>> I found it interesting that continue is used in 55 places in Lua 5.1.4 ;)
>
> IIRC, at least some of those uses of continue simulate tail-calls
> (which Lua implements but C does not).  When I ported the string
> library to Lua [1], the `continue` statements there were more
> appropriately re-expressed in Lua as tail calls.
>
> [1] http://lua-users.org/wiki/StringLibraryInLua

Before the hate mate starts rolling in, I'll say I meant it partially as
a joke and partially as a way of saying continue is a tool that's useful
in some cases.  I'm sure all of the continue statements could be removed
from any specific source tree.


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Re: I'd give my right arm for a continue statement

David Kastrup
In reply to this post by Axel Kittenberger
Axel Kittenberger <[hidden email]> writes:

> The sarcastic story as far I read it, the lua gods are waiting for a
> scintillation how to solve it in a general way.

I seem to remember that this was basically considered a scope problem
since "continue" in a repeat-until, when implemented C-like, was
supposed to reevaluate the loop condition, and the loop condition could
refer to local variables introduced after the call of continue.

My take on this had been that the C behavior is undesirable anyway and
that continue in a repeat-until loop should reiterate _straight_ from
the top of the loop without checking the _finishing_ loop condition.

While not "C-like", this would be much more useful, as well as rendering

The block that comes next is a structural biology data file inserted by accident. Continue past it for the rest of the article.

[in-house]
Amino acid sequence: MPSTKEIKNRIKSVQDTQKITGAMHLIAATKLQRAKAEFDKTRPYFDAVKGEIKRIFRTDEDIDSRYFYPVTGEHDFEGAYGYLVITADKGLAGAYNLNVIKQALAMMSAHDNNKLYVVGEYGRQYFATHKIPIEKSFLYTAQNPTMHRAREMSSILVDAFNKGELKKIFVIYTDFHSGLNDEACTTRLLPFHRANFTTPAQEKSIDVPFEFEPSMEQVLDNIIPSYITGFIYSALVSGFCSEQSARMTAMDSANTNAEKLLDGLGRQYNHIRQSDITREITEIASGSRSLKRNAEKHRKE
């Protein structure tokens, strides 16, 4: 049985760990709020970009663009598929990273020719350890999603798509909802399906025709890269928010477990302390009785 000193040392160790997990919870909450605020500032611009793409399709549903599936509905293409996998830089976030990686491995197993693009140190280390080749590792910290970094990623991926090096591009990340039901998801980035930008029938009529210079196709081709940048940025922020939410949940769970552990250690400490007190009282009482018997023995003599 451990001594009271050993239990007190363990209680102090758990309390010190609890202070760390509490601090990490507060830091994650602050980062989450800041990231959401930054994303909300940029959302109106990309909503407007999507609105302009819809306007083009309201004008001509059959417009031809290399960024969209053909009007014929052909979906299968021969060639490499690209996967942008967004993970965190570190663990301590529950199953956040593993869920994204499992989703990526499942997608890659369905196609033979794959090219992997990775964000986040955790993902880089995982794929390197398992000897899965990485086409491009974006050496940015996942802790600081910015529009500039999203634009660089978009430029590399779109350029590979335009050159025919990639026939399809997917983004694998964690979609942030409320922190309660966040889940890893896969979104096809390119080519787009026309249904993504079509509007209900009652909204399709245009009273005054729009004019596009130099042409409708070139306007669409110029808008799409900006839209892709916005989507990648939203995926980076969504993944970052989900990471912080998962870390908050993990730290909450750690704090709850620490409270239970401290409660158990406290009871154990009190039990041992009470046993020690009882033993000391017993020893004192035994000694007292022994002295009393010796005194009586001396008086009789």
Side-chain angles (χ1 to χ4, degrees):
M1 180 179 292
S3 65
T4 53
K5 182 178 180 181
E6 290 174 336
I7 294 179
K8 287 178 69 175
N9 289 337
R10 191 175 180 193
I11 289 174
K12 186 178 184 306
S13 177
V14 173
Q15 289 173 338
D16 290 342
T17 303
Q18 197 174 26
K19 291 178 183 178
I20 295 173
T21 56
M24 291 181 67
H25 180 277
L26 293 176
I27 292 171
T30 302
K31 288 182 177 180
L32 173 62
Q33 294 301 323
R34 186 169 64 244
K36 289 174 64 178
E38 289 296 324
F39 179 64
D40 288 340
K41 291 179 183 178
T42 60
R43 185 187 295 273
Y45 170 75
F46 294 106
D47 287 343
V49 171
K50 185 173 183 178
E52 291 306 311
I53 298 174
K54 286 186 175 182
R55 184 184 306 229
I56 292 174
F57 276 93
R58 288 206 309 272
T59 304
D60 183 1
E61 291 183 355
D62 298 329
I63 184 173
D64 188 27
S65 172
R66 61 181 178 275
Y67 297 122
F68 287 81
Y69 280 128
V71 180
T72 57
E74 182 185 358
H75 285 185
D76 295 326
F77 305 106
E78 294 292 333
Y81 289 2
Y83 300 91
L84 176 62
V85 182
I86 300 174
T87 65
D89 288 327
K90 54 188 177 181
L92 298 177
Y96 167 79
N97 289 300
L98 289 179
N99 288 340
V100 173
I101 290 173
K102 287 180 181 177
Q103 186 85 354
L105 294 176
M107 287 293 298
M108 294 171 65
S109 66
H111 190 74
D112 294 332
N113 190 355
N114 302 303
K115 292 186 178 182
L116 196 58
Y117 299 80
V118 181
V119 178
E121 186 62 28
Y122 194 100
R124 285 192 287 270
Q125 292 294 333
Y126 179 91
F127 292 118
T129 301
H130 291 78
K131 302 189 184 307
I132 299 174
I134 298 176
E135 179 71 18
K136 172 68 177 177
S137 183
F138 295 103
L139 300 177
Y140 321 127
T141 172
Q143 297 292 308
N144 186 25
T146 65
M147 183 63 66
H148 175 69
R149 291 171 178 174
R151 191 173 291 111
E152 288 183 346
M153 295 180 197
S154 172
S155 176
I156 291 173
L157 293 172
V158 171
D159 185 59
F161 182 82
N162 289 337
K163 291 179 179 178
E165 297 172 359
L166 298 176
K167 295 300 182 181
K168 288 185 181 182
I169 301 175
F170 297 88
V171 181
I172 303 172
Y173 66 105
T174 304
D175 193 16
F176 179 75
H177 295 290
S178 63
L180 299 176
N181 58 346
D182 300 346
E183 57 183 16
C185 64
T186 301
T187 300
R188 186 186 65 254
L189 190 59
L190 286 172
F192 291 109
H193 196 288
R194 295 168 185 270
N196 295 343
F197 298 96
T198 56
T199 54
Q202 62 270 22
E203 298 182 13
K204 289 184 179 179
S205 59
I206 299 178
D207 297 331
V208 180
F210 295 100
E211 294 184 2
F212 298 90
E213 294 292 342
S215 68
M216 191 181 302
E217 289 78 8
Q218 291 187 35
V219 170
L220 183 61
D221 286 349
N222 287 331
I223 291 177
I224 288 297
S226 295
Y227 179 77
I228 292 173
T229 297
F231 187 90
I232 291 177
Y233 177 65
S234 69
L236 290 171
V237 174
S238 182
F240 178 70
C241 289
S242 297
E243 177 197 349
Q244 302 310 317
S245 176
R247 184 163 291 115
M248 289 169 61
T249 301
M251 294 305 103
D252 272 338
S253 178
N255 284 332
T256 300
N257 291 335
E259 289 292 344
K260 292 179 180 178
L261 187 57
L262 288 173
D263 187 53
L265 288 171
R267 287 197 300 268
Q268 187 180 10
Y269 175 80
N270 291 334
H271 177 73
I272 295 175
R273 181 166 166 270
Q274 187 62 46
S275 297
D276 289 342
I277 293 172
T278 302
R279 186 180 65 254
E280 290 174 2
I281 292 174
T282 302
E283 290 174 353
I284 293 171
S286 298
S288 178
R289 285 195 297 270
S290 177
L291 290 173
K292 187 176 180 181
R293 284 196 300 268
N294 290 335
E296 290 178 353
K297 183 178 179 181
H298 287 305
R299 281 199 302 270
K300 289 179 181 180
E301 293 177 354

the scoping problem irrelevant.

I've seen no comment to that proposal from the Lua gods, but I'd not be
overly surprised if "continue" in the subject line of a posting warrants
an automatic killfile entry by now...

--
David Kastrup


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Re: I'd give my right arm for a continue statement

GrayFace
In reply to this post by steve donovan
On 22.01.2011 15:23, steve donovan wrote:
> The best answer is by Roberto, quoted by David Manura in this post:
> http://lua-users.org/lists/lua-l/2010-11/msg00479.html

That's a real deal. I find 'continue' and 'break N' both very useful in
certain situations. I think there also were situations where I wanted
'continue N' that would act similar to 'break N'. 'Redo' and 'continue
n' with 'n' indicating the number of iterations to skip are useful too...

Now, to the readability.
The first thing is that 'break' and 'continue' must be separate keywords
for the sake of readability.

I don't think 'break N' would worsen readability much compared to
standard 'break'. You already have to get over one or two ends of IF's
now to find the end of the loop. In many cases nested loops come one
right after another and 'break N' would be almost as readable as simple
'break'. Actually, when 'break N' is needed, it improves readability,
because work-arounds used instead of just shadow the logic.

I like the suggestion of labeled loops, it's certainly more readable,
but it's a serious syntax extension. I gravitate towards something like
this syntax:
for y = 1,10 do
   for x = 1, 10 do
     break 'y'
   end 'x'
end 'y'
The stringy labels should prevent any collisions with operators that follow.


Overall, I consider simple 'continue' to be a safe ground. Any readable
more sophisticated solution I can think of would still include the
'continue' statement.


--
Best regards,
Sergey Rozhenko                 mailto:[hidden email]